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You Always Take The Weather…

Posted by Mummy Dearest on Jan-9-2010

The Children all seemed to enjoy telling me this morning that the weather people are predicting a large dump of snow this weekend.

I’m not proud. Right now, I loathe sticking any part of my body outside of our house, and there are a few rooms in our house ( our big bathroom and our bedroom, which have no heat) which find me muttering like a sailor, under my breath, as I pass through the door. In fact, I curse so roundly that I can almost imagine the ghost of my dear, departed mother following me with a bar of soap.

In the newspapers, they actually recommend that couples sleep in the raw- if you know what I mean- because nothing is warmer than …flesh upon flesh.

Yesterday, at the grocery store, I was chatting with one of *the girls* ( I really have to stop thinking of them as *girls*, for they must both be pushing 40..) and said, oh well, I guess that I have lived in The Netherlands long enough that I have learned to complain about the weather. An elderly woman came up behind me and started laughing, saying that indeed, the dutch always complain about the weather, or, in a pinch, always talk about the weather.

Tonight at dinner we all agreed that the best part of this bitter road is the food. Gone the blanched vegetables, the salads, we want.. grease. Fats. Meat.

The Father announced that he wanted a goulash once again ( uh…). The Baby wants me to make pancakes ( more like crepes than american pancakes) with apples once more.

Yes, yes, Winter Food.

I suppose that most people associate Van Gogh with the South of France. Well, he grew up here in Brabant, not very far away at all from Casa Kitchen. That painting, The Potato Eaters ( is that the correct translation ? ), is smack dab correct : how they love their potatoes here, all mushed up like baby food with some member of the cabbage family mushed together with the spuds ( I myself am also fond of the kale and potato mush..). Winter food.

As well as the family scarfing them down, I am rather fond of making these uber Brabant…or Dutch.. dishes. Not anything that one would ever find in a restaurant, but in a way a bit of folk history.

A while ago, I changed the meat that I use for making soups and Dutch dishes. Apparently, I was using a cut of beef from the shoulder ( ugh, brings back memories of dissection in Biology). Now, I am very fond of stringy beef that has to cook for 3 years, I like pot roast, I kid you not. So the shoulder cut was fine for me.

And then one day, at our very fine butcher shop ( he still makes his own pate, smokes his own salmon, makes his own lunch meats, uses only free range pigs… you get the idea..) I saw a different cut of meat which cost the same as the meat I always bought for soup and sundries. It just looked interesting, that * dikke lende* did. I now think that in English it is called heart of rump, but my, what a tasty meat. What a fine structure. ( Brown for flavor, brown for flavor…)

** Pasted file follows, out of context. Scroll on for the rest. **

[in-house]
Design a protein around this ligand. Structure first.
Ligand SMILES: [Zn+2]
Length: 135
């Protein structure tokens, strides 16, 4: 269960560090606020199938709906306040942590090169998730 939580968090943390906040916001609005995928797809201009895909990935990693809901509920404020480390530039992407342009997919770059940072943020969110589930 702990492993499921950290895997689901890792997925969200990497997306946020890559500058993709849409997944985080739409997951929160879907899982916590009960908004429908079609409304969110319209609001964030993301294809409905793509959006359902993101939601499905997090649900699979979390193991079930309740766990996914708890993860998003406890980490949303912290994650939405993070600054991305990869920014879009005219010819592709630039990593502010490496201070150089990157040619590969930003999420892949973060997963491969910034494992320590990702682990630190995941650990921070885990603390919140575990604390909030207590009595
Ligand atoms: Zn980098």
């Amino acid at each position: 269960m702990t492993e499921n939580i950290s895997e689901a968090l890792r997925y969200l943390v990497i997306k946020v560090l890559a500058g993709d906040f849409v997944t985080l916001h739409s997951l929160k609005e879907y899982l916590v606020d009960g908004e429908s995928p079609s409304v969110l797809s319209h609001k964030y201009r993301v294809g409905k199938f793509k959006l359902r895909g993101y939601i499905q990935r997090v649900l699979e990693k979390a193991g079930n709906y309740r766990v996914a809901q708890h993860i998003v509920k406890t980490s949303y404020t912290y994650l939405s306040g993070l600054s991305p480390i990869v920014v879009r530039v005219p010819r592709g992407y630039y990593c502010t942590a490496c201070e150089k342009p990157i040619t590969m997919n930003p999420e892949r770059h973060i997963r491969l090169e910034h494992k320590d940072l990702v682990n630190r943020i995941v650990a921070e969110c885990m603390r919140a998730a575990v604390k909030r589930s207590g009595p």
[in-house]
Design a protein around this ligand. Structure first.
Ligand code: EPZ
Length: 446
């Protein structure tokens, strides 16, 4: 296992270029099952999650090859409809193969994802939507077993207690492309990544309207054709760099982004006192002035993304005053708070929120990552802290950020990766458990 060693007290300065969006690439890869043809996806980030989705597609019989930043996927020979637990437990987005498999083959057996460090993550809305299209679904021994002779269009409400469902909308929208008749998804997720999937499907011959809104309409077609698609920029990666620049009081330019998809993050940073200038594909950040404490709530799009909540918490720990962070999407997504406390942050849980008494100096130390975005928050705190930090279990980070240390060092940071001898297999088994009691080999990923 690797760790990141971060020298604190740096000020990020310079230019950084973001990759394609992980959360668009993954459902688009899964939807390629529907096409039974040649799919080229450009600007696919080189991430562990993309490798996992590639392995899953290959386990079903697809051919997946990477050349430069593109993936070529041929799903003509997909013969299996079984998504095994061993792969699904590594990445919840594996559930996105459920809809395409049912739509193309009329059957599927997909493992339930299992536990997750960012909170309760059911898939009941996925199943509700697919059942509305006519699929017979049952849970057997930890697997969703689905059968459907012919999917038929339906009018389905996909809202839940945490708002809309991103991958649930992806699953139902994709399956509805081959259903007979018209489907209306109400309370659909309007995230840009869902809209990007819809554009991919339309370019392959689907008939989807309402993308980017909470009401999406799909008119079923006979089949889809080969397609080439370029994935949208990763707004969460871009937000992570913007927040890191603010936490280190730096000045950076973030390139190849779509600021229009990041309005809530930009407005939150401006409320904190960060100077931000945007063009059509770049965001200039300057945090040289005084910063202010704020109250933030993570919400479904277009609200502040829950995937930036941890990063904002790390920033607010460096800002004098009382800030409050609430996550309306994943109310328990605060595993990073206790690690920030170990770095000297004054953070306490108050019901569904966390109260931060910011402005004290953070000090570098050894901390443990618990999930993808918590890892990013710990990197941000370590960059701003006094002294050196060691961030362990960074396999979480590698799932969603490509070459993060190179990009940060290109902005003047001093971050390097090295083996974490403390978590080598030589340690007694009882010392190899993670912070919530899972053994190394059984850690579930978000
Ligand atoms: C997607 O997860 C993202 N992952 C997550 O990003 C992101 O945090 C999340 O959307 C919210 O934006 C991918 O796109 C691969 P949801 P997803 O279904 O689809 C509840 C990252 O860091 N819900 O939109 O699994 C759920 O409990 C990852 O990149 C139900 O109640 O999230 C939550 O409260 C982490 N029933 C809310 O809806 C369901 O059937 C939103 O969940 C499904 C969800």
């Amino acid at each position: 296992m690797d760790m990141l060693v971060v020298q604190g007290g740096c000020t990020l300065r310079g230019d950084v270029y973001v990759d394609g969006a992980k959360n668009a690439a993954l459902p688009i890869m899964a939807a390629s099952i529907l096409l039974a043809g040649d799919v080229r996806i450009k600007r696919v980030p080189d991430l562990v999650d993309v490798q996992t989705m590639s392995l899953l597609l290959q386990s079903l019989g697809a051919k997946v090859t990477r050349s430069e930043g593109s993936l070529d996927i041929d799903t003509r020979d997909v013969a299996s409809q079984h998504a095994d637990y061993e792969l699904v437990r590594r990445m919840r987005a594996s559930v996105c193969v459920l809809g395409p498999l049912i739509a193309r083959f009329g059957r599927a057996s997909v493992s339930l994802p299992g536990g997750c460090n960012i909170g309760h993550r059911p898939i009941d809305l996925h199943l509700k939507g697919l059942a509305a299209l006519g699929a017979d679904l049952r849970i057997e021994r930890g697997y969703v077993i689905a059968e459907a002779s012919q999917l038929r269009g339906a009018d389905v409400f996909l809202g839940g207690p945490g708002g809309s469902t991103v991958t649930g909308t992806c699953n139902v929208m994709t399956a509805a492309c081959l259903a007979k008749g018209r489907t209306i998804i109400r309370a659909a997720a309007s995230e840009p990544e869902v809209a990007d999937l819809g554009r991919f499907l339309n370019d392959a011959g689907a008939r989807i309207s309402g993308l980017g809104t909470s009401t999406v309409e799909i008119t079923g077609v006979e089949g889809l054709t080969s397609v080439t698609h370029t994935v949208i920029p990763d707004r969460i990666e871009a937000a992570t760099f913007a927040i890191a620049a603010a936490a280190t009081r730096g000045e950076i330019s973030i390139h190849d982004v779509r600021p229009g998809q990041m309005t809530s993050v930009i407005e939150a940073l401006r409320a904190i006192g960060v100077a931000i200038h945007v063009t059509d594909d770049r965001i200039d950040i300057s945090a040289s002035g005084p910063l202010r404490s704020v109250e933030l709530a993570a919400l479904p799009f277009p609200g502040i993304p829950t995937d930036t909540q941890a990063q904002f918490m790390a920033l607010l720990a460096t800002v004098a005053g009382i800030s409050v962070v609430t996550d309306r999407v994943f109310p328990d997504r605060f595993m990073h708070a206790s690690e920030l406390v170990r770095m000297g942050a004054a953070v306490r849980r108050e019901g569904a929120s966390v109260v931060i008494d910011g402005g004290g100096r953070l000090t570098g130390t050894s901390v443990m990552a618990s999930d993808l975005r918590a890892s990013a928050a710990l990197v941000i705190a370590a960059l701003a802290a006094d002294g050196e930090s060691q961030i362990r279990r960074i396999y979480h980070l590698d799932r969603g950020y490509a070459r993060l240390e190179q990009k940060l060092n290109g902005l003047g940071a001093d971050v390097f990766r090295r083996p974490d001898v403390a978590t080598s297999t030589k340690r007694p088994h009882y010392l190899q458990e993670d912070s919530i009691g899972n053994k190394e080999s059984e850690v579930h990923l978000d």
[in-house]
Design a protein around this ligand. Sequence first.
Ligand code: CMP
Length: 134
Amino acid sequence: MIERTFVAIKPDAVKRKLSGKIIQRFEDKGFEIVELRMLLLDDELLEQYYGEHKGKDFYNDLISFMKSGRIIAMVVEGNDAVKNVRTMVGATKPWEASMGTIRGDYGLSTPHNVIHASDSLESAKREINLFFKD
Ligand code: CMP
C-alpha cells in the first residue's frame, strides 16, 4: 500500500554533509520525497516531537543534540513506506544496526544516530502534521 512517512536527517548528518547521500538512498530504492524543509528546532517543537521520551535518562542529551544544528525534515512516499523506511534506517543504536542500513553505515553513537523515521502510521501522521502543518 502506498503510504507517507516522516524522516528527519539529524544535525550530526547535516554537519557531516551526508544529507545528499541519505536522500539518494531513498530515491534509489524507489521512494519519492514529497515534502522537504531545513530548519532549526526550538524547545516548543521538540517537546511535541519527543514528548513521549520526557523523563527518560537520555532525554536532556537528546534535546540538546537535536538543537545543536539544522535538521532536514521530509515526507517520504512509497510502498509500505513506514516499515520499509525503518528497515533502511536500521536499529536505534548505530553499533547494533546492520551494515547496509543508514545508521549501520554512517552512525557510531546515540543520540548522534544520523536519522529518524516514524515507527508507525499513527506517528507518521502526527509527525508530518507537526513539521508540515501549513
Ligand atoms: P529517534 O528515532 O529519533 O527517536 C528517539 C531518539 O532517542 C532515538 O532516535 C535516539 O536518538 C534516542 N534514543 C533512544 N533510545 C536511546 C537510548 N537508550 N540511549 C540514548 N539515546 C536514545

Today in the local newspaper I found a recipe that I simply have to try. Yes, I have tried recipes from the local paper and many have found their way into our favorites. But this sounds so very Dutch that we must indeed try it.

It includes meat that must cook for a cooties age, carrots, leek, thyme, laurel, and a large dollop of apple syrup (?). But what makes it so very Dutch is that once everything has been browned or sautéed, simmering away one spreads 1 or 2 tablespoons of mustard on two thin slices of gingerbread ( ok, Dutch gingerbread is not as overwhelming as the gingerbread in The States..) and places that on top of everything.

Somehow I know that this whole gingerbread business is a very old Dutch way to thicken soups. Stews. And I am very curious to try this.

Winter Food.

Always look at the bright side of life…

de dumm….

  1. Karan Said,

    Please report back and take pictures! I am intrigued.

  2. Mummy Dearest Said,

    Oh Karan, I make no pretenses about being a good cook.

    And what I really wanted for Christmas was a new camera. Instead, I received a pile of new clothes. Chosen by our fashion consultant, The Girl. Nice clothes, but an awful lot of wool ( atchoo!) and while she and I wear about the same size, she prefers skin tight clothing while I go for the baggy look.

    But I must admit that I am very curious about the whole gingerbread business.

    And I liked your post about L. After 30 years, I often feel that same burst of emotion.

    So. Down to the nitty gritty : are you the crocodile or the alligator ?

  3. Mary Said,

    With your Massachusetts blood, one might think you’d adjust to the cold a bit easier than others!!!!! While on the subject, what brought you to Brabant???

  4. Mummy Dearest Said,

    Mary, I am actually from no where, I simply chose Massachusetts because we once lived there as well and it suited me. Excepting Brabant, the longest that I ever lived in one place for consecutive years was in Thailand. Uh, that will not work. I also lived for a grand total of 8 years in Germany.

    Get the idea = I have lived here, there and everywhere. Woody Guthrie would love me.

    Love brought me to Brabant. Well, actually, someone who liked me back ! But after 28 or 30 years, depending upon where one starts from, it seems to have worked out fine.

    Raw flesh and all…

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